On Facebook yesterday, I noticed a story posted by our local NPR affiliate about a twist on the tradition of trick or treating.
Well, in St. Louis, at least (and a cousin told me they did this in Kansas City, too), the tradition has it that you must have a joke ready when you knock on a door to get candy. My father introduced me to this tradition when I was very young, going out trick or treating in my neighborhood, plus Grandma’s short street. We had to go there in addition to our own neighborhood because she always liked to see us dressed up in our costumes, whatever they were. Besides, she always had a huge bag of candy for us – who wouldn’t want to pass that up?
For weeks ahead of Halloween, when we were debating what I would wore that year, the conversation would inevitably turn to what joke I would offer in exchange for my candy. Living in St. Louis, there was never a question whether or not I would have a joke – just a matter of which one I would use that year. Dad would always put in his two cents and suggests corny jokes as really good options.
When we moved to Texas and I prepared my costume and jokes as normal, I had no idea that the tradition did not extend south of the Mason-Dixon line. I had my joke ready for the first house, but when I knocked on the door, the family inside simply opened up, dumped candy into my pillow case, smiled and sent me on my way.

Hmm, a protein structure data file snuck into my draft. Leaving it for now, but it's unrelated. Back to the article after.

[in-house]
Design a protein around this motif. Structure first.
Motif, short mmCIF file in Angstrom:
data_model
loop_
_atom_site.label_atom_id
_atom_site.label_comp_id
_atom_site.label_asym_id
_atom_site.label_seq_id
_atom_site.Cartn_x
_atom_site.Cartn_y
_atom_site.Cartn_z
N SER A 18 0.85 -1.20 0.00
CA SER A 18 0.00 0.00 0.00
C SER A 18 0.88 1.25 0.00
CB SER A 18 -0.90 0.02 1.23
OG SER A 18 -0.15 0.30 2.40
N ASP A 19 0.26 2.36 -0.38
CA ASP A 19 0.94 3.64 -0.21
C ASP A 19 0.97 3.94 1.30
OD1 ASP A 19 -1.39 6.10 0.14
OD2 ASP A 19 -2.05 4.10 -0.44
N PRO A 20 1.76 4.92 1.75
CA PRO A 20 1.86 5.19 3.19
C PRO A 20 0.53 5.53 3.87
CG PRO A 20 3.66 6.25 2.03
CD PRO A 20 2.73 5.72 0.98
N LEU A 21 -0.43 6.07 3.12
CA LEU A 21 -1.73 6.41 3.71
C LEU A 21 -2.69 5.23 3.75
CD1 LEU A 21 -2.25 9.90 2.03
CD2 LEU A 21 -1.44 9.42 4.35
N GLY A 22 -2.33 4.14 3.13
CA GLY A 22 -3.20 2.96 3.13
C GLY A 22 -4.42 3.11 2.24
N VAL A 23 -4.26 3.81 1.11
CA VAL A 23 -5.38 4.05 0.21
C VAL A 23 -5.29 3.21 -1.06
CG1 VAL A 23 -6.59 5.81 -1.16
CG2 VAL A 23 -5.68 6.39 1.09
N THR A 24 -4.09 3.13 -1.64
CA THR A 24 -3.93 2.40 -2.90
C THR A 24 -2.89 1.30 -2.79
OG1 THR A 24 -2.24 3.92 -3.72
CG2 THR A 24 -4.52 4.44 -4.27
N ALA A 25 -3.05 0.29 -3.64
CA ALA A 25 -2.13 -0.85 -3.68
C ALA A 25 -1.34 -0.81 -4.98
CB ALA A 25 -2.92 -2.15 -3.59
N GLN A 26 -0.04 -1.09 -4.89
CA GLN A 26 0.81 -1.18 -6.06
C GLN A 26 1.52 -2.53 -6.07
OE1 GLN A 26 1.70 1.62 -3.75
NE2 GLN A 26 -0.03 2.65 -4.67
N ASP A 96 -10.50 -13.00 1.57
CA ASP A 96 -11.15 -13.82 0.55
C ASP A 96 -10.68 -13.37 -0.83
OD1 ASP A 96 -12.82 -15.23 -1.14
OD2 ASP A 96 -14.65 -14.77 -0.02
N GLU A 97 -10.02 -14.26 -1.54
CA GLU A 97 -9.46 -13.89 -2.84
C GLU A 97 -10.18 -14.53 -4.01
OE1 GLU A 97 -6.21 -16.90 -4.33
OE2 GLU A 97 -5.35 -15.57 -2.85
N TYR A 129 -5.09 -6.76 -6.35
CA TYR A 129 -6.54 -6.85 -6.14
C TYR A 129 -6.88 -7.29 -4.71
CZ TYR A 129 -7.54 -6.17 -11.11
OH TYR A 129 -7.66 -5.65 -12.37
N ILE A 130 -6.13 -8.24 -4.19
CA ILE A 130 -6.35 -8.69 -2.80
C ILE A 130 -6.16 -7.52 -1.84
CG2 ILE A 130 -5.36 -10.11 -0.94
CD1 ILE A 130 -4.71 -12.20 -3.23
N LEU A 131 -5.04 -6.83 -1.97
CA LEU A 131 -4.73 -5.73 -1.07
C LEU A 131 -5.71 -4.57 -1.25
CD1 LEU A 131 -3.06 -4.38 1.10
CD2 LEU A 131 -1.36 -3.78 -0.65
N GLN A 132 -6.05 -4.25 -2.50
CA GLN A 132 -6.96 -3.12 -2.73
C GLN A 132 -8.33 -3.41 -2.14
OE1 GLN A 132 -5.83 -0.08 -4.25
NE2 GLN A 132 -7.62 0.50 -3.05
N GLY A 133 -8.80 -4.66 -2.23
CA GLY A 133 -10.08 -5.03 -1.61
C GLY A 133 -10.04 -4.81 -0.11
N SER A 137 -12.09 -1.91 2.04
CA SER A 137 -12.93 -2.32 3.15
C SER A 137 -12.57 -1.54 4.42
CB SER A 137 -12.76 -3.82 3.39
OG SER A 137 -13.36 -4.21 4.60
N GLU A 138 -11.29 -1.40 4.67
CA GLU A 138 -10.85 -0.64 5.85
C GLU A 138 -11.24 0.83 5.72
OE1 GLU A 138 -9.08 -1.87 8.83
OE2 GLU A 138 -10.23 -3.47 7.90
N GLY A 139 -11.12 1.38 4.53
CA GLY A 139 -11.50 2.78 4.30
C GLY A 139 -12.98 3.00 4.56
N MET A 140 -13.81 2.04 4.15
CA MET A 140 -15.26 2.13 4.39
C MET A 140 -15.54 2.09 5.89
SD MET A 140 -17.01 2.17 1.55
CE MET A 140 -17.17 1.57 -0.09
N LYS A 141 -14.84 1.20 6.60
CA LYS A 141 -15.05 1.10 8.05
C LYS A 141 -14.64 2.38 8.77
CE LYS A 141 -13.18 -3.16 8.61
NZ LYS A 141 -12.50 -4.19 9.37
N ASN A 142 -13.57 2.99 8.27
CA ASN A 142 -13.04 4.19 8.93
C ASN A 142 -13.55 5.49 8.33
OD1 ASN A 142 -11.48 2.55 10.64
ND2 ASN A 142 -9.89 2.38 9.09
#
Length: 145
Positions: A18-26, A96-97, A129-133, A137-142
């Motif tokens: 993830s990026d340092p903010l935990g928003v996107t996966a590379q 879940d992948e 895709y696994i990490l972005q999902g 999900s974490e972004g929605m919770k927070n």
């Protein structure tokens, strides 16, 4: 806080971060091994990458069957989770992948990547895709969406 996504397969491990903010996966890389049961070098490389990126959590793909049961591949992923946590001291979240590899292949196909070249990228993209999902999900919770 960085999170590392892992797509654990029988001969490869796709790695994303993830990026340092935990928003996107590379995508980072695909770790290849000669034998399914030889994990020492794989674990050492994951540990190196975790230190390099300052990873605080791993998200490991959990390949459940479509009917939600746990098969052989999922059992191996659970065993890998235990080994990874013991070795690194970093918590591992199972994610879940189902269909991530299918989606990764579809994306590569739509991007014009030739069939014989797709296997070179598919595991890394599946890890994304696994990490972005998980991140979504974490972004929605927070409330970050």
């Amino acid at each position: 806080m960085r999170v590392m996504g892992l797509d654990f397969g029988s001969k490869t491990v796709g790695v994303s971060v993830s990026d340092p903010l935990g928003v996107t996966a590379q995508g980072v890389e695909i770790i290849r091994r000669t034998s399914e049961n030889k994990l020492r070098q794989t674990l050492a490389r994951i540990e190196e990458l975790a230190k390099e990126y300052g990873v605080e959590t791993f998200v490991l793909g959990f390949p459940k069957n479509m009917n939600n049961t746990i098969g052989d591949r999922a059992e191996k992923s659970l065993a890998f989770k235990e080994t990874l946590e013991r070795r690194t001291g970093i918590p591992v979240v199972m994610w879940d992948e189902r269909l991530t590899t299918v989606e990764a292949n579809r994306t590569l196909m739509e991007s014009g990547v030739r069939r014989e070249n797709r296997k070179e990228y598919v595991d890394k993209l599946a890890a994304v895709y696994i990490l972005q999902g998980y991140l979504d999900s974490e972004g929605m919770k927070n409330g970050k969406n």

The first few times this happened, we were awfully confused. Did these people just not understand what Halloween was all about? They were supposed to ask for a joke if the kids didn’t automatically launch into it once the door was cracked open a bit.
After a few experiences followed the first we realized this totally wasn’t the tradition in Texas. It was actually kind of sad the next year to organize a costume without worrying about a joke. Dad still tried to get us prepared with a bad joke, just in case, but we were never asked for one. It sort of felt like the end of an era. Sad in a way.
So what about you – do you have a joke telling tradition for Halloween? Or is it just a midwestern thing?